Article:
Everything You Need To Know About Having Chickens
Keeping Chickens: 6 Things You Need To Know
With beautiful, big blocks and plenty of homes on acreages in the Southern Highlands, it’s no wonder we channel our inner Hugh Fearnley-Whittingstall (the River Cottage dude for those playing at home) and see how self-sufficient we can be.
Picking rosemary from your herb garden, roasting vegetables harvested from your very own veggie patch and collecting eggs from the chicken coop in your garden….living the country dream, right?
Well sure, but it’s not all unicorns and rainbows. Especially keeping chickens. They are awesome, but they do need a bit of dedication and commitment.
We caught up with local vets, Charlie Carter and Chris Watson from Southern Highlands Veterinary Centre to get some facts on keeping chickens. I mean, we wouldn’t want you to fowl it up….!
Not all chickens are created equal
Some chickens are pretty – you know the feathery, floofy type! Some are good layers. And some have a face only a mother hen can love. Before you buy your chickens, think about what type you would like. Is it all about the eggs? Or about the looks? If it’s eggs and extra laying power you’re after, Australorps are the go-to chicken and thrive in spacious conditions. Rhode Island Reds are easygoing and good for newbies to the chicken keeping world. Isa Browns are also good with some starting to lay from only 16 weeks.
Now it can get a little wintery here in The Highlands so breeds like the Australorp and the Silkie with their extra plumage are good choices for this area. Silkie’s like sitting on your lap, so you can kill two birds with stone – in a manner of speaking – and use them to keep yourself warm too!
Chickens will only have three good productive years of laying
Chickens will live 8 – 10 years but will only have three, good years of laying. They’re a little like us humans and will only produce eggs (or children in our case!) for a limited period of time. Your hens won’t necessarily stop laying after three years but they will lay fewer as they get older. Daylight is an important contributor to egg production. Chickens need 14 hours of sunlight to lay an egg (isn’t that amazing?!) – so don’t be surprised if egg production drops off during winter.
Chickens love your table scraps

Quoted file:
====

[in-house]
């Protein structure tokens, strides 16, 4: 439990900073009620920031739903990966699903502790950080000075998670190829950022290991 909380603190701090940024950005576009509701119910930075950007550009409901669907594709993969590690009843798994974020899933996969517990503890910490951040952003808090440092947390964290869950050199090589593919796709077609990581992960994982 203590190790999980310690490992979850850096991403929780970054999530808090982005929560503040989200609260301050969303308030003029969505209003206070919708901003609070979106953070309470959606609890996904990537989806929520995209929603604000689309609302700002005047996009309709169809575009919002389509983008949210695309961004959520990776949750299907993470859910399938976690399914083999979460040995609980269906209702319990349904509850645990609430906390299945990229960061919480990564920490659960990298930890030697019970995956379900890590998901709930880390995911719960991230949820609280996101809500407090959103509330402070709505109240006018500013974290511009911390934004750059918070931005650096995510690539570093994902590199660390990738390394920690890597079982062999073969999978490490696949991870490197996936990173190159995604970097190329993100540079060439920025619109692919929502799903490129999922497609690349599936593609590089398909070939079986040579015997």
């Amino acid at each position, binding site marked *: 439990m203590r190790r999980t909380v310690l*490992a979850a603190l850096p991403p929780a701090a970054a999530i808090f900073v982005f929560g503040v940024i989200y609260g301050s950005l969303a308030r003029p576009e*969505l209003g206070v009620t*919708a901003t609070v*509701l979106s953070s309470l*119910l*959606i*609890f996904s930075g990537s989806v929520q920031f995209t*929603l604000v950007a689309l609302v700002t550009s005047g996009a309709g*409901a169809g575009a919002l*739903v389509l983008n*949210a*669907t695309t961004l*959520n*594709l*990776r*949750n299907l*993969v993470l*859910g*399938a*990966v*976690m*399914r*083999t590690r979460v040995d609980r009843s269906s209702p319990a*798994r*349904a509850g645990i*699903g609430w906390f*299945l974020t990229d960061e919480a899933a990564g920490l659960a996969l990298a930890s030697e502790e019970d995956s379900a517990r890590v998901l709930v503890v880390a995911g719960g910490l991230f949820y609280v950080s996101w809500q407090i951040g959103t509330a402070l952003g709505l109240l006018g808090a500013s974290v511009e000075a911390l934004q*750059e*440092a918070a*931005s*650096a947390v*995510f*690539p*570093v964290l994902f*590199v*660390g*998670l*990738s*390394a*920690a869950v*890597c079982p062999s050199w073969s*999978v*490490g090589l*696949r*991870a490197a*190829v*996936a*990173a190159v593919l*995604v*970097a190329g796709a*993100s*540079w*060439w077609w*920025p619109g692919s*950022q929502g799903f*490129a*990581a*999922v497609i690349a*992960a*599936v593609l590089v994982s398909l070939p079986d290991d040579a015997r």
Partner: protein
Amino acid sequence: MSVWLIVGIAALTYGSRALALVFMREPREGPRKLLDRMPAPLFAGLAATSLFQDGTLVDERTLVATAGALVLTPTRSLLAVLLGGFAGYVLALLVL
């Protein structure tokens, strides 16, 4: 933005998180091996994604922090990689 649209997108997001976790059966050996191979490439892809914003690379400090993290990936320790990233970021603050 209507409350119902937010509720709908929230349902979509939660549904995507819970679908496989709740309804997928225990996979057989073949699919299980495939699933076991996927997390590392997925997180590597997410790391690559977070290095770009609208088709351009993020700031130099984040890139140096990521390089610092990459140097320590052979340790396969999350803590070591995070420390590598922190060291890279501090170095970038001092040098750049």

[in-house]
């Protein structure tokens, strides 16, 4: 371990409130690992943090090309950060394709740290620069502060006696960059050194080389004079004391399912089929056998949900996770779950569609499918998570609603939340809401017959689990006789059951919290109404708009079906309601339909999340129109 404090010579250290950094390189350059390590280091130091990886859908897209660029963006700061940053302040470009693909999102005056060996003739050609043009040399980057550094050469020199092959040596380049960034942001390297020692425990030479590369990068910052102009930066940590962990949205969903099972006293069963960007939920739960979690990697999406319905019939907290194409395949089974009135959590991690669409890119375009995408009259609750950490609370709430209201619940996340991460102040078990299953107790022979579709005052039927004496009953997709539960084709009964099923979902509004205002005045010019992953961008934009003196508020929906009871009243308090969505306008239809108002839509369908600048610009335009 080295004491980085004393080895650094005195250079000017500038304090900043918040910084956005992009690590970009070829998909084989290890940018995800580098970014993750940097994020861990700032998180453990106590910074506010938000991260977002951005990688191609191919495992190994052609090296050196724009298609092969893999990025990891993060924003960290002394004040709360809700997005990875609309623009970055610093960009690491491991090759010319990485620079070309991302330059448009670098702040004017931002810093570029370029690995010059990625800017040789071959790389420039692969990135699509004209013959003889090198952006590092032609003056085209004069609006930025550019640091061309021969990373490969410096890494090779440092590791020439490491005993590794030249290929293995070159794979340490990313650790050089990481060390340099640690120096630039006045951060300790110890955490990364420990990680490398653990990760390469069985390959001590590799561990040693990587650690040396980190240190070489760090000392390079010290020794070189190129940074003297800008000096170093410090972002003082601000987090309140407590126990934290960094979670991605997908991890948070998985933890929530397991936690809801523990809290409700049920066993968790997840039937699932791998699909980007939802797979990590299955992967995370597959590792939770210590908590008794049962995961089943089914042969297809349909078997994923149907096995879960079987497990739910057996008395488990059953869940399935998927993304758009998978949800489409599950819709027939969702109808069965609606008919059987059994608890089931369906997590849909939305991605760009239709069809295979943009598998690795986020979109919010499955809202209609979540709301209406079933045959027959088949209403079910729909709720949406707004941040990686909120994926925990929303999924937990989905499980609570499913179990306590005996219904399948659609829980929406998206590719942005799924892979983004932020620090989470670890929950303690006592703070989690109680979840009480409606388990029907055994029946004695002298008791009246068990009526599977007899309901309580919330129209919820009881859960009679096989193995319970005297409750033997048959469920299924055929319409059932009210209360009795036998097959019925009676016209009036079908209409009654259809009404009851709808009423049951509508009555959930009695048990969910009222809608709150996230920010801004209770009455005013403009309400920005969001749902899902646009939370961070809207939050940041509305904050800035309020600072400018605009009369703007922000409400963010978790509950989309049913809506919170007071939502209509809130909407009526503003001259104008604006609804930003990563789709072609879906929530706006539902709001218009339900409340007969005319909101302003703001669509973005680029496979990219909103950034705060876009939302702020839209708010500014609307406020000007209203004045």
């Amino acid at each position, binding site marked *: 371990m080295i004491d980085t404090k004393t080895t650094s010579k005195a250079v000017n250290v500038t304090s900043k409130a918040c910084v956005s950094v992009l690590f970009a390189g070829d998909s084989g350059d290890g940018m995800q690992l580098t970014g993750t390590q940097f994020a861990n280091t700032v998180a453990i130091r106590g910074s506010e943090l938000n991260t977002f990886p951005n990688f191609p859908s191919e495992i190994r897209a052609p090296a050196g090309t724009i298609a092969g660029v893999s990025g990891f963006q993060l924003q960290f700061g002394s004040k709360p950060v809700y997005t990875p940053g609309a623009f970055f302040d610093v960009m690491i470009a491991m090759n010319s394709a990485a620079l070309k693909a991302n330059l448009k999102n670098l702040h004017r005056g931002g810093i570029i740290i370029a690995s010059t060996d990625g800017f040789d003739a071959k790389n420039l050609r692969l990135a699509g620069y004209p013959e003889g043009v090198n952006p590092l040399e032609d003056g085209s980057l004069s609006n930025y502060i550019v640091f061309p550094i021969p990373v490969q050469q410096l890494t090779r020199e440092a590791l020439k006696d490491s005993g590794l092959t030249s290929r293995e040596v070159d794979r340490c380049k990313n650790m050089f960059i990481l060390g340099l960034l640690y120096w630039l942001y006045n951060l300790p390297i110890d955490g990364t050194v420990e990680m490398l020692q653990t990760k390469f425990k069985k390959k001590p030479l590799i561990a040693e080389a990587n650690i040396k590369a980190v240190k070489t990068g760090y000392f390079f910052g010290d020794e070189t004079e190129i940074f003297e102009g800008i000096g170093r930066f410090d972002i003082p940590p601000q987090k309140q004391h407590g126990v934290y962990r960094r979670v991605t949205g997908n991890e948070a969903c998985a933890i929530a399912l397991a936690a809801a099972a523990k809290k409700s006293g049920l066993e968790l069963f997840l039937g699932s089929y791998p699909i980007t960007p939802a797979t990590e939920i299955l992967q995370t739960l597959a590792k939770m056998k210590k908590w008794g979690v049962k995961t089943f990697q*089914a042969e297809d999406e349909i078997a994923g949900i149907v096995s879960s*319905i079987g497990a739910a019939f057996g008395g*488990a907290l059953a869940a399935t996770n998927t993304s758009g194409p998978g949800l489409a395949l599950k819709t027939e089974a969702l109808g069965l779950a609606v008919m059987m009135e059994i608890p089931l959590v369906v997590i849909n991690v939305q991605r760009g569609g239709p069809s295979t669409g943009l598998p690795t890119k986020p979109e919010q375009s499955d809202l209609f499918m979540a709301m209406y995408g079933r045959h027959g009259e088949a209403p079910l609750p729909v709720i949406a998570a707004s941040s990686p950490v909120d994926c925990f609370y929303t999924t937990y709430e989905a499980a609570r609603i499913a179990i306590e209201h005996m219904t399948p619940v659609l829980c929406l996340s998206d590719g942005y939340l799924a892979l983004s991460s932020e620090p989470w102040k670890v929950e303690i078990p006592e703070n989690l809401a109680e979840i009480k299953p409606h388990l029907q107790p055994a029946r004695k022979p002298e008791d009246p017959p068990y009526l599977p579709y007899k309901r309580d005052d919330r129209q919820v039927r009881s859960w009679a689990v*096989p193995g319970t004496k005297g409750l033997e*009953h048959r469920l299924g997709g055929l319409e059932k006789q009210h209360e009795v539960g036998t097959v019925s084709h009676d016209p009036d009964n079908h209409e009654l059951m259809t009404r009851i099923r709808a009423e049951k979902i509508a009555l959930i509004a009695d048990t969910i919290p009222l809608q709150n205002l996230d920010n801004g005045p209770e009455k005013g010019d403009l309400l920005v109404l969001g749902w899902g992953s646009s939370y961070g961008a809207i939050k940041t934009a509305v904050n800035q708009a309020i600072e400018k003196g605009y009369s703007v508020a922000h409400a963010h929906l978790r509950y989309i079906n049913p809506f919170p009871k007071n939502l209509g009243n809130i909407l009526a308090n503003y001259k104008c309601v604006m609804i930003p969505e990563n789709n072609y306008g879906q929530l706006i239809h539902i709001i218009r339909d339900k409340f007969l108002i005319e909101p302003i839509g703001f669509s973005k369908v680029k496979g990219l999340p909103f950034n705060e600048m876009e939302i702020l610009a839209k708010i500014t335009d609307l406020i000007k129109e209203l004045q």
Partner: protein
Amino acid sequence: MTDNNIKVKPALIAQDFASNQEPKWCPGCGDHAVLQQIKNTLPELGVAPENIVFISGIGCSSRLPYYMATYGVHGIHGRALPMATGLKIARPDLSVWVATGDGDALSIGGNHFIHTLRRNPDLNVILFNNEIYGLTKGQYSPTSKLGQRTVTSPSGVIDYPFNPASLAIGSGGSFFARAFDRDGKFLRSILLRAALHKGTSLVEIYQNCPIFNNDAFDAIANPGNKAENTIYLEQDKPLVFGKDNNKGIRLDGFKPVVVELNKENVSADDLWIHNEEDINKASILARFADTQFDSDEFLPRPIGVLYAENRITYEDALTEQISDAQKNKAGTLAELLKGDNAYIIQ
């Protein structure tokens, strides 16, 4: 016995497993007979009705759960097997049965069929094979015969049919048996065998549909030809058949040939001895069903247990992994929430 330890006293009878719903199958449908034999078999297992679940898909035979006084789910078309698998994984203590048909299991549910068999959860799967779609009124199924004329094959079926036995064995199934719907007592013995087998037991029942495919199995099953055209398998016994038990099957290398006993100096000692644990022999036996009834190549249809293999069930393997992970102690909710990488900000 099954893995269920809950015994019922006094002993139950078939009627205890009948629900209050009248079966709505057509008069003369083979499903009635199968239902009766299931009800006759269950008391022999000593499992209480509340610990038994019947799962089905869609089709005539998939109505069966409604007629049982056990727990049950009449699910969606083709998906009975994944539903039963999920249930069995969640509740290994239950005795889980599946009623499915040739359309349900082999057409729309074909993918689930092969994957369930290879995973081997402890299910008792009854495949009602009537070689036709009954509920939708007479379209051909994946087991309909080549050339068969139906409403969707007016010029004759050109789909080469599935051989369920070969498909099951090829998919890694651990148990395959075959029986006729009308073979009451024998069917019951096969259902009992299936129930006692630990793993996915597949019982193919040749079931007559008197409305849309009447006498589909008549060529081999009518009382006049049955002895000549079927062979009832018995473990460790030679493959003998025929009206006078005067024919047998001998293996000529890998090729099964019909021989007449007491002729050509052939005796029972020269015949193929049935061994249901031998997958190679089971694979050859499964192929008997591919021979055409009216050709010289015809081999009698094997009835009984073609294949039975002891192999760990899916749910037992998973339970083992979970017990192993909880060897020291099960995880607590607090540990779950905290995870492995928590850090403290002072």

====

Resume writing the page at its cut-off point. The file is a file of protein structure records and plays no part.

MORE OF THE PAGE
Chickens are great to have around as they can help minimise waste by taking care of your leftovers! But make sure their diet isn’t all table scraps. To maximise egg production, chickens need lots of protein to keep their egg supply up and a balanced diet made up of quality chicken feed – mash, pellets, crumble – and a variety of veggies and table scraps. Not sure which chicken feed is best? Check with your vet to see what balance will work well for your girls.
“Grit is also good so be sure to grind up any leftover egg shells or get some store-bought grit and feed it to the chicken,” says Chris.
“Grit helps the digestive system and gives the chickens a calcium boost which contributes to the strength of the eggshells they produce.”
Never feed chickens avocado, uncooked beans, potatoes, choccie (who has leftover chocolate, anyway???), onion, garlic and rhubarb. These are toxic and will make them super-sick.
Ducks + Chickens = No
Ever heard the saying Birds of a feather flock together? Well, that’s not necessarily the case if you’re keeping chickens and ducks. Chickens have strong guts and eat most foods without issue, but a duck’s digestive system is a little more fragile.
“I have seen a case where a duck developed botulism due to poor water quality and contaminated feed. This is invariably fatal, so I would advise keeping chickens separate from other water birds,” Charlie says.
Fox-proof your chicken coop
It’s no secret foxes are big fans of chicken and there are plenty of them in The Highlands. These sneaky little buggers will pretty much stop at nothing to get to the chickens if they’re hungry. So what can you do to keep your girls safe?
- Install a sensor light: foxes are nocturnal and not fond of bright, white light.
- Guard dog: Foxes are pretty territorial and tend to stay away from places with dogs. But it does depend how hungry they are. If your dog is outside and barks if he sees or hears a fox, that should be enough of a warning to keep the fox away.
- Install a permanent mesh flooring in the coop: foxes have no qualms about digging a little tunnel under the coop to get to the chickens!
“Foxes have also been known to open locks – basic ones, of course, but still! It’s important to install good locks and bolts on your chicken coop,” says Chris.
Chickens need regular medical maintenance too
Chickens are pretty self-sufficient and low maintenance farm animals, but they still need some love.
“We recommend worming your chickens 3 or 4 times a year as they can be prone to picking up internal parasites,” Charlie says. “We sell an in-water worming medication that is easy for owners to give to their chickens.”
With any medication, you need to check if the medication will end up in the eggs. This is called the withholding period which will be written on the medication. What does that mean for any eggs laid at home in that period? Well, if the withholding period is 14 days, for example, this means any eggs laid in that period need to be discarded and shouldn’t be eaten by humans.
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